• The Wolf in the Parlor

  • The Eternal Connection Between Humans and Dogs
  • By: Jon Franklin
  • Narrated by: George K. Wilson
  • Length: 10 hrs and 51 mins
  • Unabridged Audiobook
  • Release date: 10-20-09
  • Language: English
  • Publisher: Tantor Audio
  • 4 out of 5 stars 4.0 (76 ratings)

Regular price: $24.49

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Editorial Reviews

Narrator George Wilson is both saving grace and driving force in his expert rendition of Franklin's plodding narrative. There's a lot that's interesting in this history of the co-evolution of man and dog, but Franklin ekes it out almost grudgingly, while pouring on a heavy ladle of personal memoir and reflection. Wilson smoothes out and, to an important extent, justifies this imbalance between style and substance, providing a balance and purposefulness the text sometimes lacks. Recommended for those who love stories of the dog novice who's eventually won over, and then heartbroken, by the frolics, intelligence, instinct, and all-too-brief domestic career of one irresistible pooch.
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Publisher's Summary

Of all the things hidden in plain sight, dogs are one of the most enigmatic. They are everywhere, but how much do we really know about where they came from and what the implications are of their place in our world? Jon Franklin set out to find out and ended up spending a decade studying the origins and significance of the dog and its peculiar attachment to humans.As the intellectual pursuit of his subject began to take over Franklin's life, he married a dog lover and was quickly introduced to an ancient and powerful law of nature: love me, love my dog. Soon Franklin was sharing hearth and home with a soulful and clever poodle named Charlie. And so began one man's journey to the dogs, an odyssey that would take him from a 12,000-year-old grave to a conclusion so remarkable as to change our perception of ourselves. Building on evolutionary science, archaeology, behavioral science, and the firsthand experience of watching his own dog evolve from puppy to family member, Franklin posits that man and dog are more than just inseparable; they are part and parcel of the same creature. Along the way, The Wolf in the Parlor imparts a substantial yet painless education on subjects as far-ranging as psychological evolution and neurochemistry.In this groundbreaking book, master storyteller Franklin shatters the lens through which we see the world and shows us an unexpected, enthralling picture of the human/canine relationship.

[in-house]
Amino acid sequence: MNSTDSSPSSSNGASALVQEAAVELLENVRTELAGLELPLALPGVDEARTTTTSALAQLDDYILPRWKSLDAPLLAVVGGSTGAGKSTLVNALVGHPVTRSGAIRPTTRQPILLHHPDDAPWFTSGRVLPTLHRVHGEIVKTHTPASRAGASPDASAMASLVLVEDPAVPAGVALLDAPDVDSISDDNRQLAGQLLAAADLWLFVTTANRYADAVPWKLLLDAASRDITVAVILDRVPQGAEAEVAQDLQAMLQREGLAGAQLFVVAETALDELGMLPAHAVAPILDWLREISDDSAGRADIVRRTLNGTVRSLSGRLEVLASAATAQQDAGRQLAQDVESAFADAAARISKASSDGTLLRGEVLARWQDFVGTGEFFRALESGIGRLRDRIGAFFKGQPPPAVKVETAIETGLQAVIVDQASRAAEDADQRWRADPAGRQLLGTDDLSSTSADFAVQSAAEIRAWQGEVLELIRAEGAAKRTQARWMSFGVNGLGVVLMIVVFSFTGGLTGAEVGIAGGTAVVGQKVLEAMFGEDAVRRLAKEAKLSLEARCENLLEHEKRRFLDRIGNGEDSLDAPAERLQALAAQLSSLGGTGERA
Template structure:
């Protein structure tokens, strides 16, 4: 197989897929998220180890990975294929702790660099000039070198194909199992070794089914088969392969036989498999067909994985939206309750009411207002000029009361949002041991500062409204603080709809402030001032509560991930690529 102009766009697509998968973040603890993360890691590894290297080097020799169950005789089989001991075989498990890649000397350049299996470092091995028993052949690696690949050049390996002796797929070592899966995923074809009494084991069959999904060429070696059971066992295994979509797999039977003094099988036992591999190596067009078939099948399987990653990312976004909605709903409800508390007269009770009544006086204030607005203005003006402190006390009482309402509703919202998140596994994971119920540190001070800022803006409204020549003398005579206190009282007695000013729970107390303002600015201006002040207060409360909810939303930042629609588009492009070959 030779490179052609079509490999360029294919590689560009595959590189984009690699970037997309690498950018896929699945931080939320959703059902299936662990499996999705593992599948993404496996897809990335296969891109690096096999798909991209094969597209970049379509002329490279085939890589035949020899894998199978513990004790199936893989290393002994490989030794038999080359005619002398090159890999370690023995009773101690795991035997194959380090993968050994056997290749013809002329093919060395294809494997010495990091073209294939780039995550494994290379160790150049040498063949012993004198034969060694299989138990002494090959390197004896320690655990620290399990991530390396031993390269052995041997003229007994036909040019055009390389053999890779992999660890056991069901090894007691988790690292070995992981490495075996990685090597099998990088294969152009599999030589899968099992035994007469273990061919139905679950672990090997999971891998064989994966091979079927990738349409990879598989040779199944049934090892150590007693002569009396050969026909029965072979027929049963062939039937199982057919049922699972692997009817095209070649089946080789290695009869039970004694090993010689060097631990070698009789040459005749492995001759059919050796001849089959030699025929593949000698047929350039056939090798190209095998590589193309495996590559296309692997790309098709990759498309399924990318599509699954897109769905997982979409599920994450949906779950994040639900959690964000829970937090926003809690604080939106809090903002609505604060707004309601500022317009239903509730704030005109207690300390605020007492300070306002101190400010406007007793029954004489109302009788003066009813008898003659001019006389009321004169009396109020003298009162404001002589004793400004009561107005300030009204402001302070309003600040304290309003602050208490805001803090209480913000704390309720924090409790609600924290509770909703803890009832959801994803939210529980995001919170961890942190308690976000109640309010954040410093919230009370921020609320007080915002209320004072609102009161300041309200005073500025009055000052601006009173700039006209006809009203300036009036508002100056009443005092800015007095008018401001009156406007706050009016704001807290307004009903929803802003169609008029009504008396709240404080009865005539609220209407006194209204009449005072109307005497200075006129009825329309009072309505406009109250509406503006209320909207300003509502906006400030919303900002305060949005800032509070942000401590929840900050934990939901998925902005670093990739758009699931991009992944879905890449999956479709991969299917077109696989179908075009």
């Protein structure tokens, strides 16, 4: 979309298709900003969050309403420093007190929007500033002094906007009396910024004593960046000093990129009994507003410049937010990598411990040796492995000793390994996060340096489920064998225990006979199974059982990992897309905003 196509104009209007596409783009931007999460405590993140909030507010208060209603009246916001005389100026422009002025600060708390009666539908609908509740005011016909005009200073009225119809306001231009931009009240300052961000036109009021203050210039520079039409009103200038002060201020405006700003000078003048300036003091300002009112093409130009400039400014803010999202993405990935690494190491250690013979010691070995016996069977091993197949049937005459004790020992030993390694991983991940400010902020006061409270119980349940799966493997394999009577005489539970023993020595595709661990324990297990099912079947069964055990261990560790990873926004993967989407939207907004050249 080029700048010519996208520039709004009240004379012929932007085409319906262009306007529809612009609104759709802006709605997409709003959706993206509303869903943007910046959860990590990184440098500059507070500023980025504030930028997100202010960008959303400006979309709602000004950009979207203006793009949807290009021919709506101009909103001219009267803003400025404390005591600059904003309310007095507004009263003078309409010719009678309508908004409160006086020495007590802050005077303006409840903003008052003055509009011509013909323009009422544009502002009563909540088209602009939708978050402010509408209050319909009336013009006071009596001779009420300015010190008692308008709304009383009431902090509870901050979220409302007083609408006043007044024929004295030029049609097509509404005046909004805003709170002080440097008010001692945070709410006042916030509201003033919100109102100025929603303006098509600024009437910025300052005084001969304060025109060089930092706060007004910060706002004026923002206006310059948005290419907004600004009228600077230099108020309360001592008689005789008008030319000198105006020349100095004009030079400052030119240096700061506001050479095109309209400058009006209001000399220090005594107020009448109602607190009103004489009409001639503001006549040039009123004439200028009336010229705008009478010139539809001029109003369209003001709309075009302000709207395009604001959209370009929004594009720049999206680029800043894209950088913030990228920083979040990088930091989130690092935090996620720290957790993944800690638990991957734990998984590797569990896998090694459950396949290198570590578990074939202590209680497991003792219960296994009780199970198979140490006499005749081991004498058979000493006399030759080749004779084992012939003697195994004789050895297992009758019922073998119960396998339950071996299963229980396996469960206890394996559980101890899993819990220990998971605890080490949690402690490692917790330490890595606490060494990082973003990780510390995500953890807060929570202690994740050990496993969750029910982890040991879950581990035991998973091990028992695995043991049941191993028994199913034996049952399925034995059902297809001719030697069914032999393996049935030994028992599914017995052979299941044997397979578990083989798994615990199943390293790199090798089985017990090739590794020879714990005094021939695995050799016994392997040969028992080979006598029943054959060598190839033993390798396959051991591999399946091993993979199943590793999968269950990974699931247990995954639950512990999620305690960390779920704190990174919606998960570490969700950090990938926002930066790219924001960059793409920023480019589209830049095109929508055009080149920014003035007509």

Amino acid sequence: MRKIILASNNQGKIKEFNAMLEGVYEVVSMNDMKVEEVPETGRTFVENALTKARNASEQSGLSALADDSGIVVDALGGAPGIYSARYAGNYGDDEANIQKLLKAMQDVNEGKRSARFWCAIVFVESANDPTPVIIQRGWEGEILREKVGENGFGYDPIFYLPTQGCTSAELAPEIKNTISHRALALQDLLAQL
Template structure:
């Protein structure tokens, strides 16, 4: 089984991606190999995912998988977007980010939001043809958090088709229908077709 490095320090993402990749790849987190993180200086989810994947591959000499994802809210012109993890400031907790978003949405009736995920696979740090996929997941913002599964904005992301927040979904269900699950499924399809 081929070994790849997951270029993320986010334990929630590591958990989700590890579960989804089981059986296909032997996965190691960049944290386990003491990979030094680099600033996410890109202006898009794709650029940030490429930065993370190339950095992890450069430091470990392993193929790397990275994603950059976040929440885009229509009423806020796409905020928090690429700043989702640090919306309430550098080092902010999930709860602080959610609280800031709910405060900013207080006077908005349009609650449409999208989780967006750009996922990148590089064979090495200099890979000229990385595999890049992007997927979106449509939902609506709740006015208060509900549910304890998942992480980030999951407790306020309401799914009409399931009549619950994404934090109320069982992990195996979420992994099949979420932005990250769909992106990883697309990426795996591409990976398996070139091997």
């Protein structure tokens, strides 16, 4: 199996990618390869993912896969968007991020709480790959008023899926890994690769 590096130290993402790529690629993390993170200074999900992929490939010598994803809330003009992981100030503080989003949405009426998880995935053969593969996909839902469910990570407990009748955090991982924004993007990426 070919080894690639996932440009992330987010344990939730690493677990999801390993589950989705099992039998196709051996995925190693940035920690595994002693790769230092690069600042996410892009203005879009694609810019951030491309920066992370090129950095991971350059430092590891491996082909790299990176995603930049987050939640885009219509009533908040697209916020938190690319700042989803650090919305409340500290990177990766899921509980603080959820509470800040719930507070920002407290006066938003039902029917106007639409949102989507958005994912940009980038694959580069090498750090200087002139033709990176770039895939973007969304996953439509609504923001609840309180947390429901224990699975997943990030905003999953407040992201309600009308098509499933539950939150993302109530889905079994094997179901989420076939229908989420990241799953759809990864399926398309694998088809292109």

©2009 Jon Franklin; (P)2009 Tantor
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Critic Reviews

"A welcome - and surprising - view into the canine soul from somebody who clearly understands and loves dogs." (Jeffrey Moussaieff Masson, author of the international best seller Dogs Never Lie About Love)
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Customer Reviews

Most Helpful
3 out of 5 stars
By Jay Marie on 08-02-10

More Science than Story

I enjoyed this book though it was not quite what I expected. It does start out slow, stating information about human brain chemistry and wolf brain chemistry and how they relates to the evolution of the dog. However, it eventually comes together and you realize why the author goes into such detail. There are some cute stories about the author's dog, but I would have liked more anectodes. I was hoping for more information about the evolution of specific dog breeds and their orginal uses which did come up briefly, but was definitely not enough. The narrator does an excellent job. This book was just not quite what I expected, but if you are a true dog lover or are just interested in evolutionary science you will probably enjoy this book. If you are looking for anectodes and practical information about dogs, this book will probably be too slow and scientific for you.

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6 of 6 people found this review helpful

2 out of 5 stars
By Nekimmi on 02-13-12

Terrier owners offended!

What disappointed you about The Wolf in the Parlor?

The author is really full of himself. He readily generalizes all the awful characteristics of many pure breeds and mixed, e.g. terriers and their owners are basically nasty in temperament. But his poodle can do no wrong (oh, except the poodle seems to undress him with his eyes, but that was just during puppy hood, he out grew his one fault). Not only is his poodle perfectly trained, but the author states in amazement that the dog howls in perfect pitch to his wife's piano playing THEN a few chapters later the author discusses his own color blindness and tone deafness. Really now, if he is tone deaf how would he have any clue as to the perfect pitch of his poodle? That's when I realized this author really is just so full of himself and delivering surely completely biased psudo-information. Sorry I wasted a credit on it.

What does George K. Wilson bring to the story that you wouldn???t experience if you just read the book?

Nice reading voice, and he definitely relayed the conceit of the author well.

You didn???t love this book... but did it have any redeeming qualities?

Yes, it go me so annoyed I actually rated and reviewed something online, something that I rarely do.

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3 of 3 people found this review helpful

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